When the Rich Township High School District 227 board was deciding in 2014 whether to award a former associate principal more than $140,000 in back pay and attorney fees as part of a retirement dispute, board member Emmanuel Imoukhuede voted to cough up the money.

In fact, he cast the deciding vote so the payout was approved 4-3, records show.

Turns out the ex-administrator receiving the money was Imoukhuede’s wife, Bridget Imoukhuede, and they’re now both embroiled in another dispute – facing a lawsuit from District 227 accusing Emmanuel Imoukhuede of acting improperly and violating the system’s nepotism policy that says board members “will not participate” in employment decisions concerning their relatives.

Emmanuel Imoukhuede, who lost reelection to the board last year, declined to comment, while his wife didn’t return calls. Their attorney blamed the school district, saying it did not have to count Emannuel Imoukhuede’s vote.

The turmoil comes at a tough time for the district, which is financially struggling and serves more than 3,000 students in Chicago Heights, Country Club Hills, Matteson, Olympia Fields, Park Forest, Richton Park, Tinley Park and University Park.

The district lost 728 students from 2011 to 2015 and has seen annual state aid decline by $5.4 million over the past six years. What’s more, District 227 was forced to allocate $7.5 million in state money last year to Richton Park-based Southland College Prep Charter High School, a nonprofit that opened in 2010.

The district has already spent more than $50,000 on the suit against the couple and a related case as it seeks to recover the money paid out to Bridget Imoukhuede.

The District 227 board suspended her without pay and moved to fire her on Aug. 6, 2013, alleging that she suspended and expelled students without authorization at the district’s alternative school she was helping run. She resigned the next day and applied for her pension, which she began receiving a few months later.

Meanwhile, Bridget Imoukhuede contested her dismissal and an Illinois State Board of Education hearing officer recommended overturning the District 227 board’s decision. But the district’s lawsuit contends that Bridget Imoukhuede was not entitled to the hearing since she was retired and did not tell the hearing officer about the retirement.

Emmanuel Imoukhuede (right) voted to give his wife Bridget Imoukhuede (left)

Former Rich Township High School District 227 board member Emmanuel Imoukhuede (right) voted to give his wife Bridget Imoukhuede (left), a former associate principal, $144,000 in back pay and attorney fees in 2014.

Nevertheless, the District 227 board, including Emmanuel Imoukhuede, voted on June 9, 2014, to award Bridget Imoukhuede lost income and attorney fees.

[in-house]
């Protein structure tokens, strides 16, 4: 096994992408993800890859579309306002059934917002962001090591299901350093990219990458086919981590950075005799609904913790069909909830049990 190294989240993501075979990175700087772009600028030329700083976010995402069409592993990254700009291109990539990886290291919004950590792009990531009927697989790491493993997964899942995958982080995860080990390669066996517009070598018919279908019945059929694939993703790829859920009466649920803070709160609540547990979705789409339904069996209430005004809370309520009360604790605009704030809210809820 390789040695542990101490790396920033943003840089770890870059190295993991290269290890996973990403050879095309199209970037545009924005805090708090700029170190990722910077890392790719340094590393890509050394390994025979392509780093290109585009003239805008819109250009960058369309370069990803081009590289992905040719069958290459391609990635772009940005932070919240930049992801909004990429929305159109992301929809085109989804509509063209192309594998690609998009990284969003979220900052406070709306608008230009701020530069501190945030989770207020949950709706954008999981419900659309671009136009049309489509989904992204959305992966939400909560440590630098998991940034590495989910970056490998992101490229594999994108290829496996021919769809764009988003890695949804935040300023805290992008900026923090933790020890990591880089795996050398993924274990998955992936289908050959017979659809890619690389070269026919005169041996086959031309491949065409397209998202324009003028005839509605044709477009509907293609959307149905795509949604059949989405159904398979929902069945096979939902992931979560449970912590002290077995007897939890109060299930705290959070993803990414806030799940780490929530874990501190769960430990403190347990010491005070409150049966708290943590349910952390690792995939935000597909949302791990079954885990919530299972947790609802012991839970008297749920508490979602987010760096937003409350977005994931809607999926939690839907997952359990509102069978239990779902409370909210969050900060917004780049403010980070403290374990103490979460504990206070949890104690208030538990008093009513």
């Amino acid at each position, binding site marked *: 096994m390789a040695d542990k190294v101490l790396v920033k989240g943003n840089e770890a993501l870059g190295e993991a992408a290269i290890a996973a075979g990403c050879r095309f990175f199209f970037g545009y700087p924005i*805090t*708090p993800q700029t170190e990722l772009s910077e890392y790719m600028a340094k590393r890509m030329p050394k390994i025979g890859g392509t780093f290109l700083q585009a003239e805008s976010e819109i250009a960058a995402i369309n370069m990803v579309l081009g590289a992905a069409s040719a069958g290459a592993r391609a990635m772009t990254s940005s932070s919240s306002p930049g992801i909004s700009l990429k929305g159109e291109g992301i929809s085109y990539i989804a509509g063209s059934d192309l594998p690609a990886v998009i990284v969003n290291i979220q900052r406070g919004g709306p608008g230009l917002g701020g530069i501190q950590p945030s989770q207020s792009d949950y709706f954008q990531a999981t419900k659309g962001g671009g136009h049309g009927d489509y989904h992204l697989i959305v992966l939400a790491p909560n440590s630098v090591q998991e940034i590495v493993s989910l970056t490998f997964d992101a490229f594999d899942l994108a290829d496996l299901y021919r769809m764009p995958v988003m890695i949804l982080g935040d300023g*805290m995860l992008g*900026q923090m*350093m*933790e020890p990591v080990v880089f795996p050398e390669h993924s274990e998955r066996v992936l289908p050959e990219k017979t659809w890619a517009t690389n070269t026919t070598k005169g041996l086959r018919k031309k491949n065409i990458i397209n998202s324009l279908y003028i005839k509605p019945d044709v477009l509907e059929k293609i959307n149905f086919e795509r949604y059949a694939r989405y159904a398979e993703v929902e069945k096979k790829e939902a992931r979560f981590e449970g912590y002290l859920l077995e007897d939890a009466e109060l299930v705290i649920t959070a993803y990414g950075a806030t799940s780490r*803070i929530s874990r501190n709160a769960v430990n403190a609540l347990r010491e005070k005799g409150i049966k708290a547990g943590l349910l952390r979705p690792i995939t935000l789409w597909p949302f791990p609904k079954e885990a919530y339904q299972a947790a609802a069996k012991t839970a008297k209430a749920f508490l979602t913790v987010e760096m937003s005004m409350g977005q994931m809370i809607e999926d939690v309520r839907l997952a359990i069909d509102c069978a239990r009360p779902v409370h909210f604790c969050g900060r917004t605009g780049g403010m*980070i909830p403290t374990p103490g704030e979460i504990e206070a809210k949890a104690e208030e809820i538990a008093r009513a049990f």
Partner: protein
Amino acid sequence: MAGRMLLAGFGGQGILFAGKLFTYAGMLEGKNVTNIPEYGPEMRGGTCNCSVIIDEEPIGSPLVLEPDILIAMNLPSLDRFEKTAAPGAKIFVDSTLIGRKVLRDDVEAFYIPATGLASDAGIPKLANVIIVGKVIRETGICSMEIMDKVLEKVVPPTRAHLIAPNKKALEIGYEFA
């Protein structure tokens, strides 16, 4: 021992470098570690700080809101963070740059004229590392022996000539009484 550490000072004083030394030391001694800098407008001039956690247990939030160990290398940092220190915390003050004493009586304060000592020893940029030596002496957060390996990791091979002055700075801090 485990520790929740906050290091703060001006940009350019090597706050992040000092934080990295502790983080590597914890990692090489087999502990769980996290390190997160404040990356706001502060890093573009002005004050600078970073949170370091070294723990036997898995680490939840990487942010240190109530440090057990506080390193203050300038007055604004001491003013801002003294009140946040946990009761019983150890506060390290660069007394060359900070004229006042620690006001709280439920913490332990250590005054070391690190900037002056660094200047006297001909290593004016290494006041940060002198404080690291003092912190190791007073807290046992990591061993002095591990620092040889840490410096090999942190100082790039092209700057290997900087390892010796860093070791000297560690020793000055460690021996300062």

According to the meeting minutes, Emmanuel Imoukhuede said he was just “following the recommendation from the hearing officer.”

The next month, the board voted along the same lines to pay Bridget Imoukhuede $109,792 in back salary for the 2013-2014 school year and $34,932 for attorney fees.

Citing the school system’s nepotism policy, Olympia Fields resident Fred Veazy sued the district in July 2014 seeking to rescind the board’s votes on the payment and return the money to the district. A Cook County Circuit Court judge ruled against him, and the matter is now before the Illinois Appellate Court.

Veazy declined to comment, referring the matter to his attorney, Clinton Krislov, who said Emmanuel Imoukhuede “should have abstained from voting on his wife’s matter” even if the board was deadlocked.

In an October 2014 school board meeting, District 227 attorney John Relias raised concerns about Bridget Imoukhuede’s payout, according to interviews. Later, Bridget Imoukhuede repaid about $55,000 in pension money to the state. Emmanuel Imoukhuede and the majority of the District 227 board voted in the November 2014 meeting to fire Relias’ law firm, Chicago-based Franczek Radelet.

Emmanuel Imoukhuede lost the April 2015 election and a new District 227 board was sworn in. In its first meeting, the board rehired Franczek Radelet as counsel and the district filed suit in Cook County Circuit Court against the Imoukhuedes.

The suit says Bridget Imoukhuede was ineligible to receive the payout because she was retired and already collecting her pension.

“We have to hold people accountable,” said District 227 board president Antoine Bass, who had opposed the payout to Bridget Imoukhuede in previous votes. “We can’t let $100,000 go unchecked because it’s taxpayer dollars at the end of the day.”

Under the direction of the new board, District 227 also reversed its opposition to the Veazy lawsuit, and filed a motion in support of it with the appellate court.

Relias declined comment. District 227 has spent $51,248 in legal fees on the Imoukhuede lawsuit and the Veazy case, records show.

In its lawsuit against the Imoukhuedes, District 227 alleges the money given to the couple “could have been used by the District to pay for items that directly benefit students.”

Casey Toner, a Chicago native, has been an Illinois Answers reporter since 2016, taking the lead on numerous projects about criminal justice and politics. His series on police shootings in suburban Cook County resulted in a state law requiring procedural investigations of all police shootings in Illinois. Before he joined Illinois Answers, he wrote for the Daily Southtown and was a statewide reporter for Alabama Media Group, a consortium of Alabama newspapers. Outside of work, he enjoys watching soccer and writing music.